On the eve of Human Rights Day, which is annually celebrated on December 10, Ashgabat is hosting a forum on the themes of this international holiday, namely, on such an aspect as “Human Rights Education”.
On December 10, 1948, the Universal Declaration of Human Rights was adopted – a global document that proclaims the inalienable rights inherent in every person, regardless of race, color, sex, language, religion, political or other opinion.
Ashgabat forum, organized by the UN Development Program in Turkmenistan, in addition to national experts, gathered experts from Russia, Georgia, Armenia, and Kyrgyzstan.
– The concept of human rights is based on two core values: the first is human dignity, and the second is equality. That is why human rights receive their support from all world cultures, all civilized governments,” Natia Natsvlishvili, acting UNDP Resident Representative in Turkmenistan, said in her opening speech.
During the meeting, participants discussed the importance of human rights education to achieve the Sustainable Development Goals, international standards in this area, the experience of various countries, including Turkmenistan, in the integration of human rights education programs in the education system.
Human rights education is fundamental to the overall development of young people, as well as increasing their participation in decision-making. Indeed, this year the global campaign dedicated to Human Rights Day is being held under the slogan “Fight for your rights.” It aims to increase the involvement of youth in the promotion and protection of human rights.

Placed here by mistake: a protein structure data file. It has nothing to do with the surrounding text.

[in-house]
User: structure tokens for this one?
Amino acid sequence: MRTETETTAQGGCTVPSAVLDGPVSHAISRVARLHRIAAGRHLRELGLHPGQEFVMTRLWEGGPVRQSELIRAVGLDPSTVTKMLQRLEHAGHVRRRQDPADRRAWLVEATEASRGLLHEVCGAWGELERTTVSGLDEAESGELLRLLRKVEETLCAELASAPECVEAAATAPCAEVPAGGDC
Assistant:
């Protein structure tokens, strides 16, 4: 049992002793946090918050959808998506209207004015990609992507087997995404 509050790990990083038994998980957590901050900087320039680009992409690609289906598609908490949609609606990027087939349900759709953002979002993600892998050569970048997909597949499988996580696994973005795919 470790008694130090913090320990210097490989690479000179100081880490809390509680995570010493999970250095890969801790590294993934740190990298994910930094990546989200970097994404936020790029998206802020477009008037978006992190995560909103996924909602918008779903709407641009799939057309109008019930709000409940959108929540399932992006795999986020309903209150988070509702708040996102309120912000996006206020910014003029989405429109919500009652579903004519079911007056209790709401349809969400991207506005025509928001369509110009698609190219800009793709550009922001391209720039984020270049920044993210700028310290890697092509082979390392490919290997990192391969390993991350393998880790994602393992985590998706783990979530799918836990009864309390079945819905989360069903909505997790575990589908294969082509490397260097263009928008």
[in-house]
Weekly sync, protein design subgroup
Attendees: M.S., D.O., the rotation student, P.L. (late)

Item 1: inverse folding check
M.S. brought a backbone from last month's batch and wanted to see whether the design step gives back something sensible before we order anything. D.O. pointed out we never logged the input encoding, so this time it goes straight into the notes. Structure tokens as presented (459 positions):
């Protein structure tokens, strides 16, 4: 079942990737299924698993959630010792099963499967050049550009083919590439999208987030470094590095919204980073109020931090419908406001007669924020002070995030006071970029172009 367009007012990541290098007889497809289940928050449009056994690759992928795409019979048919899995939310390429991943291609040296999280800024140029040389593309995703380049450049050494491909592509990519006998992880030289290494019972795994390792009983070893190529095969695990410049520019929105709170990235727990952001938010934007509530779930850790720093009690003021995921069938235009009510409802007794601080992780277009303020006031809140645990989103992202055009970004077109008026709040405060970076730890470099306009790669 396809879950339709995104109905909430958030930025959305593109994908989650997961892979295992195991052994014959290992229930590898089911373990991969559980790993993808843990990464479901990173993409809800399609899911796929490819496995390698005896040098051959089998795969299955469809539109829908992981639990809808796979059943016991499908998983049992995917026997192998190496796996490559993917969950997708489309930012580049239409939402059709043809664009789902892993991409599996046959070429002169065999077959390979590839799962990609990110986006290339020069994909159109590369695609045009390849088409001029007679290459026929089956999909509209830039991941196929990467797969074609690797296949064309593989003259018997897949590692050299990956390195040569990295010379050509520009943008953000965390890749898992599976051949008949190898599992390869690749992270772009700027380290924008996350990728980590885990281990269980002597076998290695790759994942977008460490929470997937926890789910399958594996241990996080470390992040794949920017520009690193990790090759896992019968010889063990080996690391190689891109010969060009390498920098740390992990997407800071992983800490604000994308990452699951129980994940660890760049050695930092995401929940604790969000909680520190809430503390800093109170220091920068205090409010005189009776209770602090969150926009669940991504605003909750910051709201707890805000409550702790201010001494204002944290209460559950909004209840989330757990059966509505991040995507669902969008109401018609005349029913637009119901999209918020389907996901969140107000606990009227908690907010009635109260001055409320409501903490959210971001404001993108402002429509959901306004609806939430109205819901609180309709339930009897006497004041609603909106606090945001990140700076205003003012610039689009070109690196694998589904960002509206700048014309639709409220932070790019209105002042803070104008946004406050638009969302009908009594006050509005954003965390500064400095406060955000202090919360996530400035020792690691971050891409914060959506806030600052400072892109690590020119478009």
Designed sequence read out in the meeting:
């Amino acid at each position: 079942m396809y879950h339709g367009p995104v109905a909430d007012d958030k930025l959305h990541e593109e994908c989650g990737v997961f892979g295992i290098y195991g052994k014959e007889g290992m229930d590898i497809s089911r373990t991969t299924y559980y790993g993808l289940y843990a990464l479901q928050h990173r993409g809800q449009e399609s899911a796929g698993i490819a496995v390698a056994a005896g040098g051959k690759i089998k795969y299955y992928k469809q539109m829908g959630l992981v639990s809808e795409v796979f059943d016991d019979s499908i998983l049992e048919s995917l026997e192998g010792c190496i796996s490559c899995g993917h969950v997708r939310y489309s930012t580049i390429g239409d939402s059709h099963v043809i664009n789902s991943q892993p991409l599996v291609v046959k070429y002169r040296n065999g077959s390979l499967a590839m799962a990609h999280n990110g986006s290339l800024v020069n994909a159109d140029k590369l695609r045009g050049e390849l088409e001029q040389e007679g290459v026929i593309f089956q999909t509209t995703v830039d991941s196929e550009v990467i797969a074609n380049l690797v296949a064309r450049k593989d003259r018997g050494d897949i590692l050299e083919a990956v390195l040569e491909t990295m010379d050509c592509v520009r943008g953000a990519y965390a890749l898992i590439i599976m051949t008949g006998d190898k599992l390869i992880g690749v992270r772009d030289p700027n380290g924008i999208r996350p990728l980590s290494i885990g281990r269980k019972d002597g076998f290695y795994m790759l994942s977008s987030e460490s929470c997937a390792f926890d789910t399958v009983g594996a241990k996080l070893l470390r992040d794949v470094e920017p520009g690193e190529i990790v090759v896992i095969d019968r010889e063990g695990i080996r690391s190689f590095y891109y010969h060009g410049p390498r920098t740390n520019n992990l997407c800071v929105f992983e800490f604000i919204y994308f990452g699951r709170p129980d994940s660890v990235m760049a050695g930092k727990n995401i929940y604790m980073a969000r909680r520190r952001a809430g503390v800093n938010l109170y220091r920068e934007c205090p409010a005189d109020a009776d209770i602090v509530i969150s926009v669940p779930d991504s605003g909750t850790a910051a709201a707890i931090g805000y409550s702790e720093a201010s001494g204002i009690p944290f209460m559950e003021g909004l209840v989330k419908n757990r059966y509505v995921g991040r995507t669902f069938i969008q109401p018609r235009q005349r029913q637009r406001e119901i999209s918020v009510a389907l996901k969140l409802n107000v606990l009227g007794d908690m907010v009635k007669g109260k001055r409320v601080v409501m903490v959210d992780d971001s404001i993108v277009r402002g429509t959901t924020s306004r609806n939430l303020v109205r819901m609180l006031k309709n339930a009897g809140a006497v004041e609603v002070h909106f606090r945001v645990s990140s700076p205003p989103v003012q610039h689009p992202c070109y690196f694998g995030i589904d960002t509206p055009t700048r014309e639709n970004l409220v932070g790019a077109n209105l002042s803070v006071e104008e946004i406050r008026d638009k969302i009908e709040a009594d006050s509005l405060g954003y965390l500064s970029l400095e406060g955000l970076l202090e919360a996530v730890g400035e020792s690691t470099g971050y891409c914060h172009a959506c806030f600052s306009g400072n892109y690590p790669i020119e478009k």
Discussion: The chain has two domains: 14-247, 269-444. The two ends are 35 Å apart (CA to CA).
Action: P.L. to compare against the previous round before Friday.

“It is important for youth to understand everything that is happening in the world and to be able to defend their rights, as well as the rights of their loved ones,” says Richard Komenda, representative of the United Nations Office of the High Commissioner for Human Rights (OHCHR). – For example, every person, citizen has the right to quality education, the right to protection of health and treatment. The World Declaration of Human Rights includes the basic norms that the international community has developed after World War II. These standards are valid in many countries of the world, including Turkmenistan.
According to Richard Commanda, an important issue is the training of human rights experts. In this regard, we plan to develop special courses and introduce them into the curriculum of Turkmen universities.
– Turkmenistan has significantly improved its interaction with UN human rights mechanisms, especially in terms of national reporting. The commitment of the parties to a sustainable long-term partnership in the promotion and protection of human rights remains unchanged, said UN Pan-coordinator in Turkmenistan Elena Panova.